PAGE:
It's no surprise that Michael Barone would write approvingly of a book questioning the effectiveness of preferential admissions, using the opportunity to take on the higher education establishment.
Mismatch is a story of good intentions gone terribly awry. [Law professor Richard] Sander and [journalist Stuart] Taylor document beyond disagreement how university admissions offices’ racial quotas and preferences systematically put black and Hispanic students in schools where they are far less well prepared than others.

As a result, they tend to get low grades, withdraw from science and math courses, and drop out without graduating. The effect is particularly notable in law schools, where large numbers of blacks and Hispanics either drop out or fail to pass the bar exam.

This happens, Sander and Taylor argue, not because these students lack ability, but because they’ve been thrown in with students of exceptional ability — the “mismatch” of the authors’ title. At schools where everyone has similar test scores and levels of preparation, these students do much better. And they don’t suffer the heartache of failure.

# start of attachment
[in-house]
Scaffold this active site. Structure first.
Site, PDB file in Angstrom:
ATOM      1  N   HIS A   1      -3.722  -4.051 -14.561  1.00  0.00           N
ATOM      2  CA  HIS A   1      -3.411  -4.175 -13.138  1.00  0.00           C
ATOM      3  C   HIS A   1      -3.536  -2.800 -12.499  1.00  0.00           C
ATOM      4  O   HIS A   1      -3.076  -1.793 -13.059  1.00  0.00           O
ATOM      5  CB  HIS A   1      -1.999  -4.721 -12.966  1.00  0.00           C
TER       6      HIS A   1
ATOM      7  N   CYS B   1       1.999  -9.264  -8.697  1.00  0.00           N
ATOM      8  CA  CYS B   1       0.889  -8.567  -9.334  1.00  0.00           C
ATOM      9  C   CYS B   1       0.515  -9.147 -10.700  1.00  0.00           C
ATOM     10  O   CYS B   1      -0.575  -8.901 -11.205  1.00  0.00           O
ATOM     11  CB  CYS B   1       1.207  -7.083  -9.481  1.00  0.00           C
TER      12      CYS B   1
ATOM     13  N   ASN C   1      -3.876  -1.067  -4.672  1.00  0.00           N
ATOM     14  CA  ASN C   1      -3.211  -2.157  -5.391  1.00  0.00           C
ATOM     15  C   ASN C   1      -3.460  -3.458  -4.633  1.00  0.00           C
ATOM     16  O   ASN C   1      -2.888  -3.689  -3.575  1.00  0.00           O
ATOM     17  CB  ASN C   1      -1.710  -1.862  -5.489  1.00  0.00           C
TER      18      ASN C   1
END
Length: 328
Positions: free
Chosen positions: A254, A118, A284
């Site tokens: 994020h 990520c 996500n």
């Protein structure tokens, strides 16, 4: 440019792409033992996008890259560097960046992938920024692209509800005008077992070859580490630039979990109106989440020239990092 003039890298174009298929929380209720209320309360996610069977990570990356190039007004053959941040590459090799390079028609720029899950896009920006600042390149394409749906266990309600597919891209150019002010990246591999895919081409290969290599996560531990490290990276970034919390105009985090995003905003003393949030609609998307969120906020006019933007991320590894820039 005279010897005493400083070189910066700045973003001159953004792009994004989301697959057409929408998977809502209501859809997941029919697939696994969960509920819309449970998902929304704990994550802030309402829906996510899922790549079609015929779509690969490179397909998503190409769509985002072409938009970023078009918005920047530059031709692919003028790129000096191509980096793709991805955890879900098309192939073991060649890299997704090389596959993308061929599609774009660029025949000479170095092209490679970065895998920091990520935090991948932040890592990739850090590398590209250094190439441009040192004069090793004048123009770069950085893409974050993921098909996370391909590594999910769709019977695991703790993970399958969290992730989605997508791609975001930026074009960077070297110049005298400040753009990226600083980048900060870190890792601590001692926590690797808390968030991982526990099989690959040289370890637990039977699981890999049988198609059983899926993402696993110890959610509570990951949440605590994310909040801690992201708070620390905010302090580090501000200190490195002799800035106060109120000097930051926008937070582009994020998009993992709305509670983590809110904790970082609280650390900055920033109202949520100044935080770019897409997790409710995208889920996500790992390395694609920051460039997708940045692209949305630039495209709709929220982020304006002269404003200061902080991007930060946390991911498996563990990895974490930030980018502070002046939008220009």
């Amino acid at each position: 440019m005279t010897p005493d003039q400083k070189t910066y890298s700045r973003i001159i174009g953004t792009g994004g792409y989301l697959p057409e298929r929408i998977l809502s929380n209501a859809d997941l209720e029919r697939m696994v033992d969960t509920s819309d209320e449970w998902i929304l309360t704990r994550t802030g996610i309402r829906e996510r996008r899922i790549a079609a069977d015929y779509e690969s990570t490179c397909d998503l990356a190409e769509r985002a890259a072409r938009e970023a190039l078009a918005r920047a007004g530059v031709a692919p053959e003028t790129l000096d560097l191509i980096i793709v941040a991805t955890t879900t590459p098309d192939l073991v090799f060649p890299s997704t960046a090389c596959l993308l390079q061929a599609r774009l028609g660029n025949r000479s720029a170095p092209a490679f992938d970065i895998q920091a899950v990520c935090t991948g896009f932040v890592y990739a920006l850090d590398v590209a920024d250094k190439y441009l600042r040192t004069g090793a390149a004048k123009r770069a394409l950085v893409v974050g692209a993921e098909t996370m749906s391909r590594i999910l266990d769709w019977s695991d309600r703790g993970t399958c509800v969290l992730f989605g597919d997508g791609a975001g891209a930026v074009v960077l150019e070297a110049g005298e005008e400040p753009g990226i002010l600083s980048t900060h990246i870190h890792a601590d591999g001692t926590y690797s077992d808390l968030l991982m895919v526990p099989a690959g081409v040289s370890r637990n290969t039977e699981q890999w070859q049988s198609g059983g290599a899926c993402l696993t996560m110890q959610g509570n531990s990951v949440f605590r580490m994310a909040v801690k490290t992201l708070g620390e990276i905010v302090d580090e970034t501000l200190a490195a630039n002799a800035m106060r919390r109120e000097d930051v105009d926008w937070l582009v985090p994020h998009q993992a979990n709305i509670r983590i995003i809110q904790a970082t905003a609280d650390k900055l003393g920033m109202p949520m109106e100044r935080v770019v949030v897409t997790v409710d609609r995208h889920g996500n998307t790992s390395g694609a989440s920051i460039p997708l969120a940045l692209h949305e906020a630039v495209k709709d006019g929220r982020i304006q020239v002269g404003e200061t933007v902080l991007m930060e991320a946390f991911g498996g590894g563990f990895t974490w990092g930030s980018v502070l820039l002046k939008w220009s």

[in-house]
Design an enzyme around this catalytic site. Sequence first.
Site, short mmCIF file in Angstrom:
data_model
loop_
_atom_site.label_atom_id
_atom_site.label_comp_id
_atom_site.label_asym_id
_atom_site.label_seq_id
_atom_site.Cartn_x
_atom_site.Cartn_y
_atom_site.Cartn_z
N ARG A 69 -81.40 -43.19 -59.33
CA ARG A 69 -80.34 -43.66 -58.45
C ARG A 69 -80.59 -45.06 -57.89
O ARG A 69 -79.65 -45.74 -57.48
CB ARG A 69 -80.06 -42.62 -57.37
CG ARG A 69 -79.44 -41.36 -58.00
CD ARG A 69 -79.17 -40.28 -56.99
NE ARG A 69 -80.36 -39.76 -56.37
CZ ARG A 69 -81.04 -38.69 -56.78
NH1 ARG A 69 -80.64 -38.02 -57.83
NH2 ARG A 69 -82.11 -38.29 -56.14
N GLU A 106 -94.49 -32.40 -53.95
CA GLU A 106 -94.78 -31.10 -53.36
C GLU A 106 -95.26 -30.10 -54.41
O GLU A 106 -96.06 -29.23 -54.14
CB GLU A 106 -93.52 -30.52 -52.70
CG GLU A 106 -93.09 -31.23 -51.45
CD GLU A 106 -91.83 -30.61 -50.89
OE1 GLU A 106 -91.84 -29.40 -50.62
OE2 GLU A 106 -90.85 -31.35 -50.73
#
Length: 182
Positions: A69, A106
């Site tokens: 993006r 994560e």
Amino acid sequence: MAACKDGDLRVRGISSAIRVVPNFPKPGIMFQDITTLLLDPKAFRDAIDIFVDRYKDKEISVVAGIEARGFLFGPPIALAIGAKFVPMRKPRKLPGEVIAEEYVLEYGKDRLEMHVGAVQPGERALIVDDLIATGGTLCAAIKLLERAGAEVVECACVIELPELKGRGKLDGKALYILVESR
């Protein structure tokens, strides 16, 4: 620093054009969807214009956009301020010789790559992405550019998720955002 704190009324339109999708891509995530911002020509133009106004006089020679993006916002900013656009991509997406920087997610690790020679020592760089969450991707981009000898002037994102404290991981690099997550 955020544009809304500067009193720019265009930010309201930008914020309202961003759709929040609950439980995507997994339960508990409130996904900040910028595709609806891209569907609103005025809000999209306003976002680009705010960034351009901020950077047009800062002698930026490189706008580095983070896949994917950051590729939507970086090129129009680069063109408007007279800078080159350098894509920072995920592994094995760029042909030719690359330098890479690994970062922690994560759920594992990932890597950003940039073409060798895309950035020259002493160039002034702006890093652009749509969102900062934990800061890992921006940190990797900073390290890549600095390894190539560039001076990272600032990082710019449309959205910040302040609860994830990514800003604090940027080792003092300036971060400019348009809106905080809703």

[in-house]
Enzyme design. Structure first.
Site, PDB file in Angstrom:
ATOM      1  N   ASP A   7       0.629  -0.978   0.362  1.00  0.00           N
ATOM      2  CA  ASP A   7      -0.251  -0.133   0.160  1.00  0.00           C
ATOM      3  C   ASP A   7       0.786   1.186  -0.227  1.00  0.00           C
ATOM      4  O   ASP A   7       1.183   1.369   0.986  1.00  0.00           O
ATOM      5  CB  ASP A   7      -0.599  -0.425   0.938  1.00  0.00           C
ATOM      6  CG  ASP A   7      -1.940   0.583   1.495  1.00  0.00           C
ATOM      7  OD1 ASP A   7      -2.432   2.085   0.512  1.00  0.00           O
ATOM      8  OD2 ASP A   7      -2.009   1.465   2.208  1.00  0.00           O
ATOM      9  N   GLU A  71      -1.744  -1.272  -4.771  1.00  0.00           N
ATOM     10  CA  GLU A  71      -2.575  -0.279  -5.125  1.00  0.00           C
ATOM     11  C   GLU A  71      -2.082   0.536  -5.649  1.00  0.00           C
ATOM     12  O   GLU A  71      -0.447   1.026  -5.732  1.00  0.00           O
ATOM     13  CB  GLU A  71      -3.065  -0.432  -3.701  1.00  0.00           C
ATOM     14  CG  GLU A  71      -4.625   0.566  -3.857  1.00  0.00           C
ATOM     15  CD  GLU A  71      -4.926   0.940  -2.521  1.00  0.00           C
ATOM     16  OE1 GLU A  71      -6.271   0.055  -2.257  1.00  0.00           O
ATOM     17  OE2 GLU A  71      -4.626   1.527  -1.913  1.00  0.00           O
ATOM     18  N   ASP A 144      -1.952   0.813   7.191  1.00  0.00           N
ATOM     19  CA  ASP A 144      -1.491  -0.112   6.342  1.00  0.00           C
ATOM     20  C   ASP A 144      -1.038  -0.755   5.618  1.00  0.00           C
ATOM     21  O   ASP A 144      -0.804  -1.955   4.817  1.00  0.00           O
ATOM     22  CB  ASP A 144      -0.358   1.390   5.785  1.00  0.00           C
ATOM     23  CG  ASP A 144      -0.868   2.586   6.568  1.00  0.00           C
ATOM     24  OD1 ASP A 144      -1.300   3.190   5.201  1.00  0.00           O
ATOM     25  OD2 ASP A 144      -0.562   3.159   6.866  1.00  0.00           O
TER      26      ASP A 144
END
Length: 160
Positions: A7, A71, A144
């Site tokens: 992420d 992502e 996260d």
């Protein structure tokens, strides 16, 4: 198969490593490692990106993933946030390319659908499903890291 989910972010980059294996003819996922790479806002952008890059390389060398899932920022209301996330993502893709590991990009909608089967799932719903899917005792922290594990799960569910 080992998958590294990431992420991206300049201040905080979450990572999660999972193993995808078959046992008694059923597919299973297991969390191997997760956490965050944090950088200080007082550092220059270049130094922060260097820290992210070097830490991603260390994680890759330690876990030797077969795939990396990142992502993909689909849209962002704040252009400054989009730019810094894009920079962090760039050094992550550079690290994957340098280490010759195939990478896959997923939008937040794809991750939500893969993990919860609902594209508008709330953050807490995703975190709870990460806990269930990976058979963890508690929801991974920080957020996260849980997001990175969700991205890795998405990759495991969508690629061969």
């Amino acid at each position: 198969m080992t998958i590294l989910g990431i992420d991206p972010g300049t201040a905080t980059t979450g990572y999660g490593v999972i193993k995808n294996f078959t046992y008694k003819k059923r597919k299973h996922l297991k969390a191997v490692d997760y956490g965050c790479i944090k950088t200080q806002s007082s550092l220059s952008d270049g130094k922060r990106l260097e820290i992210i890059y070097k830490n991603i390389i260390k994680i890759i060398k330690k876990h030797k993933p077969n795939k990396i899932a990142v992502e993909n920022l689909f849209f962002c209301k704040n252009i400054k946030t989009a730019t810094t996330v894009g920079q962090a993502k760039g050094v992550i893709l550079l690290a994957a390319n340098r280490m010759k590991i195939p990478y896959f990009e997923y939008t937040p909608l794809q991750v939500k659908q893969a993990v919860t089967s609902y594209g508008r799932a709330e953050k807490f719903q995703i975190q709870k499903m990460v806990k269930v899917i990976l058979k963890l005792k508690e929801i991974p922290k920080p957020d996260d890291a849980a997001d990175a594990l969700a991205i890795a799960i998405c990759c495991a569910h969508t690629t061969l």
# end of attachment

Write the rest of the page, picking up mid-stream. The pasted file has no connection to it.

Standard stuff for National Review readers, along with the expected denunciation of "civility" enforcement that renders criticism of preferential policies as illegal per se, along with the usual hope that the accumulating evidence of universities failing at their mission will lead to an end for business as usual.

The business as usual crowd will have a more difficult time with a similar comparison penned by Leonard Pitts.
Indeed, for all the talk about the so-called "reverse racism" of affirmative action, I have long argued that the real problem with it -- and the reason it needs an expiration date -- is that it might give African-American kids the mistaken idea they carry some inherent deficiency that renders them unable to compete with other kids on an equal footing.

We should be wary of anything, however well-intentioned, however temporary, that conveys that impression to our children. I am proof we have been doing just that for a very long time. And it burns -- I tell you this from experience -- to realize people have judged you by a lower standard, especially when you had the ability to meet the higher one all along. So this "interim" cannot end soon enough.

Because ultimately, you do not fix education by lowering the bar. You do it by lifting the kids.
Commencing in kindergarten, or before. Enough of rationalizing dysfunctional behavior as some sort of transgressive behavior.

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